Climate change: Gene discovery could ‘future-proof’ barley

2nd September, 2019 by Amy Hopkins

Whisky producers are set to benefit from new research by Edinburgh-based scientists who have identified a gene responsible for drought resistance in barley.

Barley could become more drought resistant as the result of new research

Climate change is having an increasingly dramatic affect on the food and drink industries, but academics at Heriot-Watt University claim to have found a way to help “future-proof” barley as weather conditions become drier.

The team associated the gene HvMYB1 with drought resistance for the first time. This will potentially affect how planter breeder cultivate crops that are more resistant to the affects of climate change.

“This is a significant finding that will allow more drought-resistant crops to be bred in the future,” said Dr Peter Morris from the Institute of Earth and Life Sciences at Heriot-Watt University, who conceived the project.

“Drought is already impacting yields with the European cereals harvest hit particularly hard in 2018. A prolonged, dry and hot summer significantly impacted yields and quality.”

Morris added that it was a “considerable challenge” to characterise one particular barley gene, since the crop has more than 39,000 genes – almost double the number for humans.

“By increasing the expression of this particular gene in test plants and simulating drought conditions, we’ve been able to prove that plants in which HvMYB1 is more prominently expressed are able to survive prolonged periods of drought,” continued Morris.

The research was conducted over the course of five years

“Genetic variation is essential in plant breeding for resilience so we expect this research will now be used by plant breeders as a marker for drought resistance.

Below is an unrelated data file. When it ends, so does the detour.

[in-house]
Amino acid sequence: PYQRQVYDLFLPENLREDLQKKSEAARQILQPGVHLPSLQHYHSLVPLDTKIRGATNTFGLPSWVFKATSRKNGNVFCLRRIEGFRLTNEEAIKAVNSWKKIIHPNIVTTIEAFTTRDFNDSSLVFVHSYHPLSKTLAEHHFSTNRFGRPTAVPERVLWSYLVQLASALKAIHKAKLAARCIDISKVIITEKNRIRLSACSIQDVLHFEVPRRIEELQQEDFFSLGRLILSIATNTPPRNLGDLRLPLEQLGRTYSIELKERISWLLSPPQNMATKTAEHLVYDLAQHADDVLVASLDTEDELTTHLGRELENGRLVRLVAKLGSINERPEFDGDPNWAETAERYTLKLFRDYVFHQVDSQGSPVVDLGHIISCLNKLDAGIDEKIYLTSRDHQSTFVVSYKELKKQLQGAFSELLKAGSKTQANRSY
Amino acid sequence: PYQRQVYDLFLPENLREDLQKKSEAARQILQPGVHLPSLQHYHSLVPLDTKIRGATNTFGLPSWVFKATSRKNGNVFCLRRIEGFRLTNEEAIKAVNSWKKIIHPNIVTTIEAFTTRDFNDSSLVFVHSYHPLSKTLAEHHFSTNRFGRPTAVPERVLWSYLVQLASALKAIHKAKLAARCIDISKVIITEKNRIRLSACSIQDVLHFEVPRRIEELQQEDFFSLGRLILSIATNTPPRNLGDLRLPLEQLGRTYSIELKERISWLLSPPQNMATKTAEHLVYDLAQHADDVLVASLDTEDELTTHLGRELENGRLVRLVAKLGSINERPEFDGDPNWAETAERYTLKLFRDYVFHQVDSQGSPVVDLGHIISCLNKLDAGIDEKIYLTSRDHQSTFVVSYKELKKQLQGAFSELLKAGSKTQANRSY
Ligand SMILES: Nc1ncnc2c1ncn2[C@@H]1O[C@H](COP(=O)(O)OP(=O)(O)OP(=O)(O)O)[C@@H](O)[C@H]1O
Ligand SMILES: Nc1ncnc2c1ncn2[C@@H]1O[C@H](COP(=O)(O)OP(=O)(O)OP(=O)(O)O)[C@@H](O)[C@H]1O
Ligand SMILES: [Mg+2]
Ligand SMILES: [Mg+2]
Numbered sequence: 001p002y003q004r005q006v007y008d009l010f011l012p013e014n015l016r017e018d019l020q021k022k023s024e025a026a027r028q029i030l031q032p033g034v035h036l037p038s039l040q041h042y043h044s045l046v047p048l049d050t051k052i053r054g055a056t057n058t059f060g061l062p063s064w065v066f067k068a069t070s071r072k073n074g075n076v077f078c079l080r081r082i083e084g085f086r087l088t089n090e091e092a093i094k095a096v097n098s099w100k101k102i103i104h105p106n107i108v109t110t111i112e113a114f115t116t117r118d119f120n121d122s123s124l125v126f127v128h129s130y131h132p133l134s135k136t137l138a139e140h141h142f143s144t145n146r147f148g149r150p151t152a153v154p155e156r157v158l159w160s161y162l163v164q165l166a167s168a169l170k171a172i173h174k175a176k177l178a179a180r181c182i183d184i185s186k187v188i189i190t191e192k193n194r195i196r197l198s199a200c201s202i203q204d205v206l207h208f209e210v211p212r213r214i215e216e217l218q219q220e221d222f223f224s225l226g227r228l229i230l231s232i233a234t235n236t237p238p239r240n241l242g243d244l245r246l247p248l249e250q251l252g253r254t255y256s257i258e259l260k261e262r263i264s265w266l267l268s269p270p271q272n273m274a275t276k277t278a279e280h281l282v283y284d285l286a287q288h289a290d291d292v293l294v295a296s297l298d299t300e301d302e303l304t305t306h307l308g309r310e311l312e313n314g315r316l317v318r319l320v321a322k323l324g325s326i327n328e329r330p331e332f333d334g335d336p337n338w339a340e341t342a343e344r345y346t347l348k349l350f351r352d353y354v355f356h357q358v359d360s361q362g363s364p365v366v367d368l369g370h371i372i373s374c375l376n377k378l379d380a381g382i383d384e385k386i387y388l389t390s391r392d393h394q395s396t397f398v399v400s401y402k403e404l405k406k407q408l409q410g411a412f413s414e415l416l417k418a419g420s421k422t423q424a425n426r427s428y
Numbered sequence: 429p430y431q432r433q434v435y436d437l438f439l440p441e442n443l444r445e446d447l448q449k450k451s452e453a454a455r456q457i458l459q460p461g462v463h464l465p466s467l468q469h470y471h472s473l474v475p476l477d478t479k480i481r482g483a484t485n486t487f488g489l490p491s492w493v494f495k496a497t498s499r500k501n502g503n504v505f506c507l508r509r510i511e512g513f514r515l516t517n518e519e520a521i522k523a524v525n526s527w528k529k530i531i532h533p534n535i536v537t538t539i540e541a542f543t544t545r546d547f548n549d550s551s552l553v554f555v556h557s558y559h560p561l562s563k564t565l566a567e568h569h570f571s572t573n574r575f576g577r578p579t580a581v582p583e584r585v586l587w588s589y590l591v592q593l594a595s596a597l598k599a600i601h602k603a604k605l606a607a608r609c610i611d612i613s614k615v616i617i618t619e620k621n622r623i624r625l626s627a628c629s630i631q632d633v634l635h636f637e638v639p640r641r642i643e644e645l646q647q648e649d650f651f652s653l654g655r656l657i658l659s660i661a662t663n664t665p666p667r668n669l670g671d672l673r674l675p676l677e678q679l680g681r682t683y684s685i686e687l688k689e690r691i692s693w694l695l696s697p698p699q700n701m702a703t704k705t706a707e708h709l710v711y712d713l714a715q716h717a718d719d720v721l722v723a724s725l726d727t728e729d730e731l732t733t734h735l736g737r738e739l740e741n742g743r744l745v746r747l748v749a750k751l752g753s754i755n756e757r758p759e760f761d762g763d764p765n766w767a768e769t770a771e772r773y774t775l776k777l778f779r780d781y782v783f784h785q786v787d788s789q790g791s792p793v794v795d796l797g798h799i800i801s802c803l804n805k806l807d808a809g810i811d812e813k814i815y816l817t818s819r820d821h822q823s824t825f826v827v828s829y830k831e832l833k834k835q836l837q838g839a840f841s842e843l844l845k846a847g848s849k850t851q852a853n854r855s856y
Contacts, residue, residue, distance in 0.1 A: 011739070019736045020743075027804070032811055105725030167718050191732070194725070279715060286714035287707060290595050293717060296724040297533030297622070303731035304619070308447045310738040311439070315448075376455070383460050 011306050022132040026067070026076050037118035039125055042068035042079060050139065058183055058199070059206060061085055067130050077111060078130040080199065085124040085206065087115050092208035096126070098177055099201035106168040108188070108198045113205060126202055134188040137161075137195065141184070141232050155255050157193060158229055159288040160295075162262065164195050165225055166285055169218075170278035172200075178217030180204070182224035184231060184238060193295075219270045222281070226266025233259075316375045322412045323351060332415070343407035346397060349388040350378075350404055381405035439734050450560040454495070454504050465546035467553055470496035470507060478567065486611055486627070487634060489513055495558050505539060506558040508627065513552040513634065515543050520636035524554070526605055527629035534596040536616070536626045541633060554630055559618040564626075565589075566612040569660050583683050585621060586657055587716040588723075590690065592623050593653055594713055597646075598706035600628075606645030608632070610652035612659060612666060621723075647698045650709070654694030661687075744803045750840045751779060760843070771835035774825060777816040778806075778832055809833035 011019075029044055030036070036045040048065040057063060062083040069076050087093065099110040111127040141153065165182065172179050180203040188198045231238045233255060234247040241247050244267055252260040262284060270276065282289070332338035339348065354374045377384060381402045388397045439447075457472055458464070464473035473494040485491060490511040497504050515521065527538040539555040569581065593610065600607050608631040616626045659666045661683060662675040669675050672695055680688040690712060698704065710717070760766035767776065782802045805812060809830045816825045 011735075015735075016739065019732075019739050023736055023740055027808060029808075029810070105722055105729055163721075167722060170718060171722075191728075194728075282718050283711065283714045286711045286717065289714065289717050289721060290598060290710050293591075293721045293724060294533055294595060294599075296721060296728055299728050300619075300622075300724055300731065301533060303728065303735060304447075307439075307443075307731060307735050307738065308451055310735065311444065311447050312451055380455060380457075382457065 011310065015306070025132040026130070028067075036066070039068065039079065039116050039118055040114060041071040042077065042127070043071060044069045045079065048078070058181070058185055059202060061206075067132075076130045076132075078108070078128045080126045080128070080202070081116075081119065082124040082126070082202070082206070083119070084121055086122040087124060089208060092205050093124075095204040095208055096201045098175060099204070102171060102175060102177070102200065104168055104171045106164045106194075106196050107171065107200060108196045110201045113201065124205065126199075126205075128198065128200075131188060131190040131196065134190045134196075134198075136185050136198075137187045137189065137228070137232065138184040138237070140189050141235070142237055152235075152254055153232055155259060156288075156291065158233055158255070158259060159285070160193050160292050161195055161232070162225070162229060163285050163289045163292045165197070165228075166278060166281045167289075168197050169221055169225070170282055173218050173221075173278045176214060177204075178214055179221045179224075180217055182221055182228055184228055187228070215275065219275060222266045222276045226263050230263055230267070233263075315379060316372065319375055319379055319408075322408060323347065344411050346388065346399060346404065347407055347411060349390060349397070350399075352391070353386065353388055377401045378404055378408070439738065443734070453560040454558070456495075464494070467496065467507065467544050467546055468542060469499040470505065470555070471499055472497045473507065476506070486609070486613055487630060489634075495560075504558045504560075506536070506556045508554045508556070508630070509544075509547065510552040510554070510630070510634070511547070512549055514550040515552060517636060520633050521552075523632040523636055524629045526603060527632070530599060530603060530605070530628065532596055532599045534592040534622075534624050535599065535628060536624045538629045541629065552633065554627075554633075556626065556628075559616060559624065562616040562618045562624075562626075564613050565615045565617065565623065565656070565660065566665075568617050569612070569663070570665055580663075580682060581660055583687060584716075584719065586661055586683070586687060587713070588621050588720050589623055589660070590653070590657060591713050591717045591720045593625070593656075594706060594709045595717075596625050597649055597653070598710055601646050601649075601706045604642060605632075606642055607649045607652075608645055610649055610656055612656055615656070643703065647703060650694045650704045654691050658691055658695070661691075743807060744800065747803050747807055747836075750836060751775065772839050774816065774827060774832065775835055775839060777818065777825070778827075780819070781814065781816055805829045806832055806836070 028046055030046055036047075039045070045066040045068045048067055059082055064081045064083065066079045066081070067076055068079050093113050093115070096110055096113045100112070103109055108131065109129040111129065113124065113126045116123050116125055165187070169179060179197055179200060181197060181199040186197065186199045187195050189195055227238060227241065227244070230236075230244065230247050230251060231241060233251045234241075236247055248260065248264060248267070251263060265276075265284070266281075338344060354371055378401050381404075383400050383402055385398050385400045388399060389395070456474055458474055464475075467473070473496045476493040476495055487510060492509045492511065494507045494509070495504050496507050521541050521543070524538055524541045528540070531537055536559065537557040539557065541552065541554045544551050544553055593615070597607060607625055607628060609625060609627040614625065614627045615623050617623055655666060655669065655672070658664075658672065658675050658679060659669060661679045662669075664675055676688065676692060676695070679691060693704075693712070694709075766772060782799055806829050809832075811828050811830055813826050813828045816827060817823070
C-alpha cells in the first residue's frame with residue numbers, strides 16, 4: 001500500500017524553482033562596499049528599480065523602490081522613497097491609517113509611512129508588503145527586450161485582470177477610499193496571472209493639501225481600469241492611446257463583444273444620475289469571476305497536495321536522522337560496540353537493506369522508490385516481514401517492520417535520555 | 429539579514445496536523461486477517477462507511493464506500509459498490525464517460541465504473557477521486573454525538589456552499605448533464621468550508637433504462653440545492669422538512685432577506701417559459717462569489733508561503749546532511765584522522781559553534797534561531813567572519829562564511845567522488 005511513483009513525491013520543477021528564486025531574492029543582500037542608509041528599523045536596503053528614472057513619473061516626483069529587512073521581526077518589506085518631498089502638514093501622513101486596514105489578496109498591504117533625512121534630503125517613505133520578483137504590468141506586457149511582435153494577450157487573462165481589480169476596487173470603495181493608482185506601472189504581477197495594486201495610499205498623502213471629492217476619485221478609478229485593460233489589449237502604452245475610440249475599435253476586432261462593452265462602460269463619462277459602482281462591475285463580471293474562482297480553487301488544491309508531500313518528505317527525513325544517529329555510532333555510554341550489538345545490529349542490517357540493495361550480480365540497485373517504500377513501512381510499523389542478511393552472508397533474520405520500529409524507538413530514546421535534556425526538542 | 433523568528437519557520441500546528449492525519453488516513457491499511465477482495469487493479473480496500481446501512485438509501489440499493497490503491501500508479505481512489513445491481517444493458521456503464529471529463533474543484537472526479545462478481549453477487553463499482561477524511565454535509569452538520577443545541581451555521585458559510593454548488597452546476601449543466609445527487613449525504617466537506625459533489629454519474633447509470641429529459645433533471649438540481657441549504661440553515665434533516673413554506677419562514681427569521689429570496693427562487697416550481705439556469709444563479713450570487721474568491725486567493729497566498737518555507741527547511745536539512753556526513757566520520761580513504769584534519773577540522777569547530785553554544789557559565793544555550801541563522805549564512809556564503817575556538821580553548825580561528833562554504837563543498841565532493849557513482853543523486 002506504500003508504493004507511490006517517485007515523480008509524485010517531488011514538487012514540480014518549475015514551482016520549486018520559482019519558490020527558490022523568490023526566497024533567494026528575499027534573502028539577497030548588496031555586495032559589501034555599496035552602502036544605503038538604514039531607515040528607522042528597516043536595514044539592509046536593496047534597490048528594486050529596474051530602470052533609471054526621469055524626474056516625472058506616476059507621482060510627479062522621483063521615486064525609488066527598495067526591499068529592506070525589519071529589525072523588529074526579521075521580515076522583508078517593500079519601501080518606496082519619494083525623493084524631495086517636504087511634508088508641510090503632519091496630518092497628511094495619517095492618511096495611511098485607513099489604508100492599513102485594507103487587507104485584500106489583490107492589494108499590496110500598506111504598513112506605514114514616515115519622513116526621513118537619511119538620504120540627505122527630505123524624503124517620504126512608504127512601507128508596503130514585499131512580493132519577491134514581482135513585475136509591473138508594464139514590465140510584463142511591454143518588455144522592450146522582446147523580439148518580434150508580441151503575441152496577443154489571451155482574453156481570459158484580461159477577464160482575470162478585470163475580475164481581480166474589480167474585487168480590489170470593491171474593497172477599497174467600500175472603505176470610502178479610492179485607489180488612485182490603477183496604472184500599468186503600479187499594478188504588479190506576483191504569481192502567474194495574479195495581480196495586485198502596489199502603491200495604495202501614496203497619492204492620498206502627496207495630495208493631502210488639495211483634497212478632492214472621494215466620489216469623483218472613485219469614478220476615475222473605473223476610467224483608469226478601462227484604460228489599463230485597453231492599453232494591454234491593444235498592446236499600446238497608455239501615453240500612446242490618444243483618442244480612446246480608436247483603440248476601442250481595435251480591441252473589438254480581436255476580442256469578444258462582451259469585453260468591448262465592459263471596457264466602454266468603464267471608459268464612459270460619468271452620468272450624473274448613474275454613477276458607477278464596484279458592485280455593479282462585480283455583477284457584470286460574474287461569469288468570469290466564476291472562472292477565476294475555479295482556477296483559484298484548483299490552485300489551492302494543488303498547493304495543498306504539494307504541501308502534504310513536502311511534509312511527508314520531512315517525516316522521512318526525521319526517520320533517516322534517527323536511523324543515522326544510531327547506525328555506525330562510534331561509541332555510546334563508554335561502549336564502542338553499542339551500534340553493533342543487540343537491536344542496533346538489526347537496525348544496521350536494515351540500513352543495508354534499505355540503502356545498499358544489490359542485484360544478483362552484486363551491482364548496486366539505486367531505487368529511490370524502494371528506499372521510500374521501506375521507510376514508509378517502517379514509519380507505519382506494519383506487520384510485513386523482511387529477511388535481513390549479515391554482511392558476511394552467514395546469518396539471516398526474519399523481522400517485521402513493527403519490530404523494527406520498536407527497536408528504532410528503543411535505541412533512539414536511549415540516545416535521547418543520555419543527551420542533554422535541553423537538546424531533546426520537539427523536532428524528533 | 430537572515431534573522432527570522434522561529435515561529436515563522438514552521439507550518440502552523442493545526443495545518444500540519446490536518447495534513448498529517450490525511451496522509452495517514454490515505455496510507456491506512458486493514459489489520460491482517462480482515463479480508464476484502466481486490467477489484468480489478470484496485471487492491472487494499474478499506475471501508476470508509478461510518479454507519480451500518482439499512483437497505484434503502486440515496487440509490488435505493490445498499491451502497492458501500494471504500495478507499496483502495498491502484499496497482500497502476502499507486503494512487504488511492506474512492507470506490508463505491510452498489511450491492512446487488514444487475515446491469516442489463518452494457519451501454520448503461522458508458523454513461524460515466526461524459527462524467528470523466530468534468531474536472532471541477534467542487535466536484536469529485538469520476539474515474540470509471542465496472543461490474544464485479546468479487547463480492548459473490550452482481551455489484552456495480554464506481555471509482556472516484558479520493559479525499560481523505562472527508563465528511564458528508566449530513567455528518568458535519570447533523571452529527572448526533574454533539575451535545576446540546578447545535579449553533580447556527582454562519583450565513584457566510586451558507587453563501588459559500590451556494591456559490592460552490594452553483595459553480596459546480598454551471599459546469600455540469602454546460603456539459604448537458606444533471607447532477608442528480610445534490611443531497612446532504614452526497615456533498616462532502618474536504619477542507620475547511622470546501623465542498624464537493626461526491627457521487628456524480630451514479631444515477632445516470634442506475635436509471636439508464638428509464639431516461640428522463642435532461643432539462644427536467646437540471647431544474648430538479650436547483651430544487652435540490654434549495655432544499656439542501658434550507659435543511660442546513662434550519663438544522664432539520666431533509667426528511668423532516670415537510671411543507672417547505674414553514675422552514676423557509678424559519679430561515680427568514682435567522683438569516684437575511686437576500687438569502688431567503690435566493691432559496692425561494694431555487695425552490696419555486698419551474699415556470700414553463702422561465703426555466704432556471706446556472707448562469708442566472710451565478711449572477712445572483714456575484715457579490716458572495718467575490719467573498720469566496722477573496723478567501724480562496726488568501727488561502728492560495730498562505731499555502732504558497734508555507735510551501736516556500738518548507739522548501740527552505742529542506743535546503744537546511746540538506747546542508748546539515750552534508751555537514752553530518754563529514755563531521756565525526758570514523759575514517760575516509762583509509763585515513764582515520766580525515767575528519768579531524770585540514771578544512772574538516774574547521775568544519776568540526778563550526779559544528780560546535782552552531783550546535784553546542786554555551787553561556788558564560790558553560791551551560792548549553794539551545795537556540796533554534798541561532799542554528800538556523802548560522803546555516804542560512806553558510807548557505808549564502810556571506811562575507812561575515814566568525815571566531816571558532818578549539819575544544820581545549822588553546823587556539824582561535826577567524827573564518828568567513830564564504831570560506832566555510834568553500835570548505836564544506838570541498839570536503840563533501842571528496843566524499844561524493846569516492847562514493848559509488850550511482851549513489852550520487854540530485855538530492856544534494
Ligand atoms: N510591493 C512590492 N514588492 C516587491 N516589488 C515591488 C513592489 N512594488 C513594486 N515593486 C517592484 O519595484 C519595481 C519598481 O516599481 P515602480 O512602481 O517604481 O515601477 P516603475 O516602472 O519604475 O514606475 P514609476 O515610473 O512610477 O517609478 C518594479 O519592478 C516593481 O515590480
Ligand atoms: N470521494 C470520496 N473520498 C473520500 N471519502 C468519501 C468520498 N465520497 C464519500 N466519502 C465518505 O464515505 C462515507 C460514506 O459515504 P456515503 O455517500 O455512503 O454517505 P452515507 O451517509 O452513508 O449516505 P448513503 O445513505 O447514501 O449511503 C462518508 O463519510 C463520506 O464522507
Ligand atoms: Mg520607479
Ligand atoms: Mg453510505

“It will help focus attention on different barley varieties in which this gene is naturally expressed more prominently. This may lead to greater variation in the gene pool of crop plants and more drought resistant crops in future years.”

The research also has “important implications” for the production of wheat, maize and rice, according to Morris..

Dagmar Droogsma, director of industry at the Scotch Whisky Association (SWA), said: “The Scotch whisky industry relies on a sustainable and secure supply of good quality raw materials, now and in the future. Quality barley is central to the success of the Scotch whisky industry.”

Approximately 90% of the barley used for Scotch is sourced from Scotland, while the rest is sourced from the UK and EU. In 2018, the value of barley grown in the UK rose by £85 million (US$102.6m) to £957m (US$1.15bn), according to figures from the Department for Environment, Food & Rural Affairs.

The new research, which is the result of five years’ work, has been published in the Plant Physiology and Biochemistry journal. It was funded by the SWA.

The Spirits Business recently explored how climate change is affecting the Cognac industry as the region faces untimely frosts and hailstorms.

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